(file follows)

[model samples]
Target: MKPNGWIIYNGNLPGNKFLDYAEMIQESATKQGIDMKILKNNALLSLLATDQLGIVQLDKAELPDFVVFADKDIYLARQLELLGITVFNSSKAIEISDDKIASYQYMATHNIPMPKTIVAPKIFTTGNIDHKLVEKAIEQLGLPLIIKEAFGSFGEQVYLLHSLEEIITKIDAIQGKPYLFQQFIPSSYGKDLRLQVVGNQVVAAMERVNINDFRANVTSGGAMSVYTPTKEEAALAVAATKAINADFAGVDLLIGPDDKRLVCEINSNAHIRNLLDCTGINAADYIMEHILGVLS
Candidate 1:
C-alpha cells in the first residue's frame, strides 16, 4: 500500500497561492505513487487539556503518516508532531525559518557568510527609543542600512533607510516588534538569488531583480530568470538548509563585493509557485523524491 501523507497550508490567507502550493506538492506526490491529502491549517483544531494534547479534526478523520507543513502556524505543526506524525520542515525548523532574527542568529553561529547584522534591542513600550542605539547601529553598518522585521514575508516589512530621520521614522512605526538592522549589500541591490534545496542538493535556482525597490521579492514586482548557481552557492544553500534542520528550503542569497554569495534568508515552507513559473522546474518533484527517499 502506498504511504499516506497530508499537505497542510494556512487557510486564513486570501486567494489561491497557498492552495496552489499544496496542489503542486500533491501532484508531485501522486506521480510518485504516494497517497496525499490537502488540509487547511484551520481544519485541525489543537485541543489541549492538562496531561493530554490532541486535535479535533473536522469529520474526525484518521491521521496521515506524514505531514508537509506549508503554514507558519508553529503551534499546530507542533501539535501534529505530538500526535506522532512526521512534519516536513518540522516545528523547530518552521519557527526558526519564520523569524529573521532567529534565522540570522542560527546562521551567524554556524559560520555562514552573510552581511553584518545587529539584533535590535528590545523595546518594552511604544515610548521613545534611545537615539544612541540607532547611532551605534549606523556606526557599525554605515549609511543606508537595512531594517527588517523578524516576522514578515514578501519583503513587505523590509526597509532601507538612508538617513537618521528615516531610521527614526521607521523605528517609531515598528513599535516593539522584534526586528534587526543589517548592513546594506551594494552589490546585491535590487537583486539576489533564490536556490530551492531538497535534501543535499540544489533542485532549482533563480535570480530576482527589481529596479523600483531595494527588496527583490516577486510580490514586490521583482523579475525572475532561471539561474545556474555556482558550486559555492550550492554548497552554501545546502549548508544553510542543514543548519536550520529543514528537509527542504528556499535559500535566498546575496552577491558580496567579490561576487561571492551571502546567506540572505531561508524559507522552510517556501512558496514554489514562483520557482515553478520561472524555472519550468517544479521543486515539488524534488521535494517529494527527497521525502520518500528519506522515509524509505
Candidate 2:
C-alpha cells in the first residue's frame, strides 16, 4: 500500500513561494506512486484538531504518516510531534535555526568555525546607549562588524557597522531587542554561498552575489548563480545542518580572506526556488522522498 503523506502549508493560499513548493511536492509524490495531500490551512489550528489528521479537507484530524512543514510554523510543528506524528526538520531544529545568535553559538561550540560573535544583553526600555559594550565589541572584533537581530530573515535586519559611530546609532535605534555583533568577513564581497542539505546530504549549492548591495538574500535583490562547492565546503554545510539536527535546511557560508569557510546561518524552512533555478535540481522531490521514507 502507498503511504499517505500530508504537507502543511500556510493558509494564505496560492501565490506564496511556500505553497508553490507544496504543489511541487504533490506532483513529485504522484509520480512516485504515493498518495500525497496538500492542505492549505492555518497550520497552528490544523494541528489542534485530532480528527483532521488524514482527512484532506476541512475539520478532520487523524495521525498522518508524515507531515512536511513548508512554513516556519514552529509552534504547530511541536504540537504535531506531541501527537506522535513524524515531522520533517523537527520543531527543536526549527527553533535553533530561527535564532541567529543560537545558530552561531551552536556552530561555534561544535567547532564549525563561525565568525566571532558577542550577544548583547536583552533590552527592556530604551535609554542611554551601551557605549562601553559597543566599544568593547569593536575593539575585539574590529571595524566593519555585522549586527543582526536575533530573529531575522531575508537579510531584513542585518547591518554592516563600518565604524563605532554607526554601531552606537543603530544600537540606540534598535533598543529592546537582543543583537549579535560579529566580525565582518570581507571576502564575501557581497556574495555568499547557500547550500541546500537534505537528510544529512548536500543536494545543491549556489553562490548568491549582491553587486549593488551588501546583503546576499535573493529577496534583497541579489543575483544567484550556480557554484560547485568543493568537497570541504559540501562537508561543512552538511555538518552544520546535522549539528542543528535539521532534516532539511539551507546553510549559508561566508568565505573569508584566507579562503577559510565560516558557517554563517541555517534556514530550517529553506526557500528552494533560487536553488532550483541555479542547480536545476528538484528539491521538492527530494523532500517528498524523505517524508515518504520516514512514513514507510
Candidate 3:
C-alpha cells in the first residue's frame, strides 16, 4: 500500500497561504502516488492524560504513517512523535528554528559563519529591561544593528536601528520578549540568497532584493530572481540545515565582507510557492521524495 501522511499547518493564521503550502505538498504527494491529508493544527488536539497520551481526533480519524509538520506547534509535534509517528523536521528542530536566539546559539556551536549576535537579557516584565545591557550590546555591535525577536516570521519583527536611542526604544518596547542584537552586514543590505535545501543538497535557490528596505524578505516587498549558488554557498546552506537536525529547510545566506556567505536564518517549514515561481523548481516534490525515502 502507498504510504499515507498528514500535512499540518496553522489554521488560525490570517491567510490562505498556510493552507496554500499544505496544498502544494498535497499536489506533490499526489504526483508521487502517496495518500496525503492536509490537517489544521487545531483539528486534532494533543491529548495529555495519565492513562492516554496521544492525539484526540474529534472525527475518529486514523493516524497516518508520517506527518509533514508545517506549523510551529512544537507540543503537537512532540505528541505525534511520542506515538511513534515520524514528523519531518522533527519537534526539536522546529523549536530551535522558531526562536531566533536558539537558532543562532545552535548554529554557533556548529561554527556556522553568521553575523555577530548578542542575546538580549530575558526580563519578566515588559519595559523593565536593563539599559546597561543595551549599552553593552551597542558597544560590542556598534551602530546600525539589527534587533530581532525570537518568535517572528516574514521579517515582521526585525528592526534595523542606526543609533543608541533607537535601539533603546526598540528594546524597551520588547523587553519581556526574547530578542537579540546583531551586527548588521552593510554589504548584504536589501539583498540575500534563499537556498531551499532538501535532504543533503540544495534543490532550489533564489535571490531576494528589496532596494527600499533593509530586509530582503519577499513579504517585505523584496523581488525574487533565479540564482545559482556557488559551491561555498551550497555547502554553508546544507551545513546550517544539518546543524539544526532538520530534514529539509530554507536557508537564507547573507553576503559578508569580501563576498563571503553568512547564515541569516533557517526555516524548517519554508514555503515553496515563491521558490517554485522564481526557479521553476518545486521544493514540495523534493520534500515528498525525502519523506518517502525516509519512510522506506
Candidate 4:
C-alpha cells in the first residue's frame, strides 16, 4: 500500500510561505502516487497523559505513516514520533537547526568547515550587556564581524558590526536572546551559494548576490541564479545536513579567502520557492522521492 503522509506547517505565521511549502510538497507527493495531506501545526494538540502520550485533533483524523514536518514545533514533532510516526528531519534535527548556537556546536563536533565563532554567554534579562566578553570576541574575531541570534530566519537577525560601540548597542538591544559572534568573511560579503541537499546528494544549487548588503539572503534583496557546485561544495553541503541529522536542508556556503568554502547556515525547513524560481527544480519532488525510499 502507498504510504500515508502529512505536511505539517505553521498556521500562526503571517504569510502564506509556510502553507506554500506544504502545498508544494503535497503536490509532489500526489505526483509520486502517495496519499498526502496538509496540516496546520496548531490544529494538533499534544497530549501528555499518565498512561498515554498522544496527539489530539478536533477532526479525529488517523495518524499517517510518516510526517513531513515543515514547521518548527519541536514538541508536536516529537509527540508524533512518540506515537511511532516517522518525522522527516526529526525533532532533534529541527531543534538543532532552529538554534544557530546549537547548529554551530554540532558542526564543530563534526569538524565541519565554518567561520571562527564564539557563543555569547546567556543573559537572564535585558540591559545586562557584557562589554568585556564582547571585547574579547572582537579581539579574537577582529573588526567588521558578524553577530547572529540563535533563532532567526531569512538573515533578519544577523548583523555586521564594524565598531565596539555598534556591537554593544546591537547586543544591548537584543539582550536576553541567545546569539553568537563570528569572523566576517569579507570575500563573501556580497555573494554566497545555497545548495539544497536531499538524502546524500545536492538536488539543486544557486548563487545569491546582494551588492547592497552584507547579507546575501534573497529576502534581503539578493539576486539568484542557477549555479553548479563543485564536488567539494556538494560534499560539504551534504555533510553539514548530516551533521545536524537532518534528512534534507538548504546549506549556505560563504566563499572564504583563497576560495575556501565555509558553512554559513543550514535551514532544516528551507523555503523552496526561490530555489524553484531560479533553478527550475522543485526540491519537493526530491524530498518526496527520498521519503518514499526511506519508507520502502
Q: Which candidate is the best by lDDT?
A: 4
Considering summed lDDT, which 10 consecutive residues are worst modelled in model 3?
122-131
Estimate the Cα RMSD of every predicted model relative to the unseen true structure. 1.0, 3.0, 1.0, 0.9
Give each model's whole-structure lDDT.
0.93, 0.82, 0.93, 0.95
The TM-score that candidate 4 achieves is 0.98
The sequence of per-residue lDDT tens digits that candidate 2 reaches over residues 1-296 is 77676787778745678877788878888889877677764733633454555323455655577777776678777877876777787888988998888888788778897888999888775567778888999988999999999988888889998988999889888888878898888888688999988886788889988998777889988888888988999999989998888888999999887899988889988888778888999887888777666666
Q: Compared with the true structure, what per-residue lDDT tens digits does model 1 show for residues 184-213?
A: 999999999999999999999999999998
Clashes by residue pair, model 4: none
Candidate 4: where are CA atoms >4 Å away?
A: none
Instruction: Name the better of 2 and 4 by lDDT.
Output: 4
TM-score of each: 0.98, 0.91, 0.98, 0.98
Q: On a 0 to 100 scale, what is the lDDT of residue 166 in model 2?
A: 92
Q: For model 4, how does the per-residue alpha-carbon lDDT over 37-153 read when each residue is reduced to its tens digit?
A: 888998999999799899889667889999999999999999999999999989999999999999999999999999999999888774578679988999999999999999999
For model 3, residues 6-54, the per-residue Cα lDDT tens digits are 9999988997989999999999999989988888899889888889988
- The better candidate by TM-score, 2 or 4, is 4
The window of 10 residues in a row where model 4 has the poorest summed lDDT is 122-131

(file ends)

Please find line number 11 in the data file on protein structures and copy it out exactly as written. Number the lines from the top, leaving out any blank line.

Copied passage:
Q: Which candidate is the best by lDDT?